400 children worldwide are born each year with ‘fast-aging disease’ – Hutchinson-Gilford progeria syndrome. Now CRISPR offers hope

Credit: Progeria Research Foundation
Credit: Progeria Research Foundation
[R]esults from a new study have inspired hope for treating children born with progeria, a rare, fatal, genetic disease that causes symptoms much like early aging. In mice with a progeria-causing mutation, a cousin of the celebrated genome editor known as CRISPR corrected the DNA mistake, preventing the heart damage typical of the disease, a research team reports [January 6] in Nature. Treated mice lived about 500 days, more than twice as long as untreated animals.

“The outcome is incredible,” says gene-therapy researcher Guangping Gao of the University of Massachusetts, who was not involved with the study.

Although the developers of the progeria therapy aim to improve it, they are also taking steps toward testing the current version in affected children, and some other scientists endorse a rush. The mouse results are “beyond anyone’s wildest expectations,” says Fyodor Urnov, a gene-editing researcher at the University of California, Berkeley. “The new data are an imperative to treat a child with progeria … and do so in the next 3 years.”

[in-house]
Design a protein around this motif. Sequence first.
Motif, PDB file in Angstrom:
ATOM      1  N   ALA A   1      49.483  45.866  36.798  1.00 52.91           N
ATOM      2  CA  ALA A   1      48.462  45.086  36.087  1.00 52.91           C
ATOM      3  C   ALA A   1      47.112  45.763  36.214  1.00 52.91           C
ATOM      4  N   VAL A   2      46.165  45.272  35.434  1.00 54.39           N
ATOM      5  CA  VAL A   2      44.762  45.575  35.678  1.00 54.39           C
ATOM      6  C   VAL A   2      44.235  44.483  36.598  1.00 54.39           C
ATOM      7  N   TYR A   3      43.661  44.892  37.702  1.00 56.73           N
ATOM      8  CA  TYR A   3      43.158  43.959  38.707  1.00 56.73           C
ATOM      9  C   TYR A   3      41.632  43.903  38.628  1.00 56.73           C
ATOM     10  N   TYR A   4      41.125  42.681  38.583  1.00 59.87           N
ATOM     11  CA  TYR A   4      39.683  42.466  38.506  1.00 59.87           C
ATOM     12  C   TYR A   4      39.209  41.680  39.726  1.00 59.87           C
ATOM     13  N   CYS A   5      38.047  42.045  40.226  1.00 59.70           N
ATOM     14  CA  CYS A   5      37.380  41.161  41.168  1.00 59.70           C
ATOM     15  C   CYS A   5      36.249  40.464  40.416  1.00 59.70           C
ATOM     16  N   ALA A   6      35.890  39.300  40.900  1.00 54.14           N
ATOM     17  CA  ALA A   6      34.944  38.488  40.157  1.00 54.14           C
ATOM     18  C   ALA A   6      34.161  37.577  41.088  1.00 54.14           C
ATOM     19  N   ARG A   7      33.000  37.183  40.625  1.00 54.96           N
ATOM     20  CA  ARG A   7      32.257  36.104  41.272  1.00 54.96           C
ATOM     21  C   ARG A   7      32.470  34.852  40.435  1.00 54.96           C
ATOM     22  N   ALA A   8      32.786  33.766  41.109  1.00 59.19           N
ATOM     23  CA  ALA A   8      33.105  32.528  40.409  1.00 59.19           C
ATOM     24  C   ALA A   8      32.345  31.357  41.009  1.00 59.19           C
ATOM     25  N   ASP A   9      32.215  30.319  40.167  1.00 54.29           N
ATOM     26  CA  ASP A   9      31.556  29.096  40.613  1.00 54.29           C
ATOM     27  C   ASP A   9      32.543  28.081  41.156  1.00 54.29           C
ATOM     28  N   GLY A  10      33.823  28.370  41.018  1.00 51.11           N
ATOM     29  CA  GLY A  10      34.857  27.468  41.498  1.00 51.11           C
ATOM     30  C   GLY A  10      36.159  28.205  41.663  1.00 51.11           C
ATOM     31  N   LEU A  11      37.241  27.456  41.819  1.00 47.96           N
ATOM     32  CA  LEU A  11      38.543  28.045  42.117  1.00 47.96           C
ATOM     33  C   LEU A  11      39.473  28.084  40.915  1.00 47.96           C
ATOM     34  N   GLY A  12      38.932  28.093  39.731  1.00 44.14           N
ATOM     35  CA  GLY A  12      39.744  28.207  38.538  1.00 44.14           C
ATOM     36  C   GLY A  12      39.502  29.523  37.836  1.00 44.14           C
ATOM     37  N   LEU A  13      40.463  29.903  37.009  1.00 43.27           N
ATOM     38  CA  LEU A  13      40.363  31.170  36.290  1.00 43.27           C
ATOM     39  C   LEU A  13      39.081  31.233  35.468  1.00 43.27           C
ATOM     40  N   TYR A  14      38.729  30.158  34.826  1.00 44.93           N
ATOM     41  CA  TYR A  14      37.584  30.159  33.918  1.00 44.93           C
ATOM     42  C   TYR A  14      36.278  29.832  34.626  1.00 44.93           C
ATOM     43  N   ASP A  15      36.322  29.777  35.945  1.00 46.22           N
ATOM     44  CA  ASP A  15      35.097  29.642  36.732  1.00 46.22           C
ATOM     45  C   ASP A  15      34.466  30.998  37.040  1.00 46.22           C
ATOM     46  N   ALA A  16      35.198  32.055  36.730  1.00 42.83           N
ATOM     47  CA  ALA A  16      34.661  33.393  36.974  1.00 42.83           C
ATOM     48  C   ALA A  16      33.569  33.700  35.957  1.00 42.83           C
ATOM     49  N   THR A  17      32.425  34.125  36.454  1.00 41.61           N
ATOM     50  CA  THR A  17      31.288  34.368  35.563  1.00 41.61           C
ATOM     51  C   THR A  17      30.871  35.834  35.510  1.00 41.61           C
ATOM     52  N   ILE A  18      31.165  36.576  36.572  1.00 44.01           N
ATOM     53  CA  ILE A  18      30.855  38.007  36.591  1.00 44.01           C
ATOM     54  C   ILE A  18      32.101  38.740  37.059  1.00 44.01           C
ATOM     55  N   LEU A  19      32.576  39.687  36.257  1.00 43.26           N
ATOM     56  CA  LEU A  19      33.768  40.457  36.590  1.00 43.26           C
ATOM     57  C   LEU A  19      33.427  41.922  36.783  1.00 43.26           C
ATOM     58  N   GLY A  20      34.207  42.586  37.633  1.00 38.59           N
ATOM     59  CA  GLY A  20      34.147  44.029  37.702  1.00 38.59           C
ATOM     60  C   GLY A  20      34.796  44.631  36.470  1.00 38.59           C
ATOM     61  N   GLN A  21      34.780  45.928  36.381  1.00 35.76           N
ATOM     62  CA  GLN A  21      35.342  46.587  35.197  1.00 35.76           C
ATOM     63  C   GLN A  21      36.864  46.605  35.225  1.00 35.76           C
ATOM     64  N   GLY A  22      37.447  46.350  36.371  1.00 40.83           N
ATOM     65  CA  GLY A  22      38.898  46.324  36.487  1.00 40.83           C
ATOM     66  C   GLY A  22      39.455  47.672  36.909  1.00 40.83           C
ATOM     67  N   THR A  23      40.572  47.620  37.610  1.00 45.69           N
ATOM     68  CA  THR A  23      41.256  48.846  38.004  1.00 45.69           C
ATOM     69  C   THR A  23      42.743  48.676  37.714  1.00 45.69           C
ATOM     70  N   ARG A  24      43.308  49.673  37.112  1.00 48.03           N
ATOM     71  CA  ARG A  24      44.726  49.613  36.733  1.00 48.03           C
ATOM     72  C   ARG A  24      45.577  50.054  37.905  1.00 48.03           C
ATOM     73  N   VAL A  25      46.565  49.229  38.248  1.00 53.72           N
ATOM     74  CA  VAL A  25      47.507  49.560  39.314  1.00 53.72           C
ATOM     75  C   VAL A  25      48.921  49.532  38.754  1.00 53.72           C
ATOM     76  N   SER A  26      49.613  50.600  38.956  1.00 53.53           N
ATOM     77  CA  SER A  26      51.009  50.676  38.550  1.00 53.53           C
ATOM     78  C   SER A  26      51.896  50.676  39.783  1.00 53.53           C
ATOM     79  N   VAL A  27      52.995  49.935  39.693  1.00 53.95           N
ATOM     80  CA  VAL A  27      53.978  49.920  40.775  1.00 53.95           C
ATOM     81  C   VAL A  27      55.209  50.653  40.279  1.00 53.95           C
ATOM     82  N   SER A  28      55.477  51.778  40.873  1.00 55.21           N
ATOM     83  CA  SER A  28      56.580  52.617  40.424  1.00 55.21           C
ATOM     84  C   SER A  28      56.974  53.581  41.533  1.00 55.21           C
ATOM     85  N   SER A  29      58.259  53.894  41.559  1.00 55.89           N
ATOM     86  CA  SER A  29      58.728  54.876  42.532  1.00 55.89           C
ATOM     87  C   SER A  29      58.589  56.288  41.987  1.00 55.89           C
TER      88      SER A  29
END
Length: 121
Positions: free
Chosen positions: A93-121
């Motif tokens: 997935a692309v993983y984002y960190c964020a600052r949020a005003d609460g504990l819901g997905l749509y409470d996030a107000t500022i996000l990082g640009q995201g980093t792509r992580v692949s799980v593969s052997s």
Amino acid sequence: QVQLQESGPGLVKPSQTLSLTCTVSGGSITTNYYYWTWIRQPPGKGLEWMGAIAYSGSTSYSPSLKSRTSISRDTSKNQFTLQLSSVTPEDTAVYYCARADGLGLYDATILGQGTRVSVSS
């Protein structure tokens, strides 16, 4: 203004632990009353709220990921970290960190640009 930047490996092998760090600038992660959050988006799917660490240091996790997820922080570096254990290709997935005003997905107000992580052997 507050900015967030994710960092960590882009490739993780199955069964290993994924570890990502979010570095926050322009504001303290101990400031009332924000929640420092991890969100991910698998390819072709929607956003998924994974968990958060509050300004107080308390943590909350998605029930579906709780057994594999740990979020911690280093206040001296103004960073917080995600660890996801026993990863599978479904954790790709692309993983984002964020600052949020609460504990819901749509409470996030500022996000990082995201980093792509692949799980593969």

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About 400 people in the world are estimated to have Hutchinson-Gilford progeria syndrome… Toddlers soon become bald and have stunted growth, body fat loss, stiff joints, wrinkled skin, osteoporosis, and atherosclerosis. People with progeria die on average around age 14 from a heart attack or stroke.

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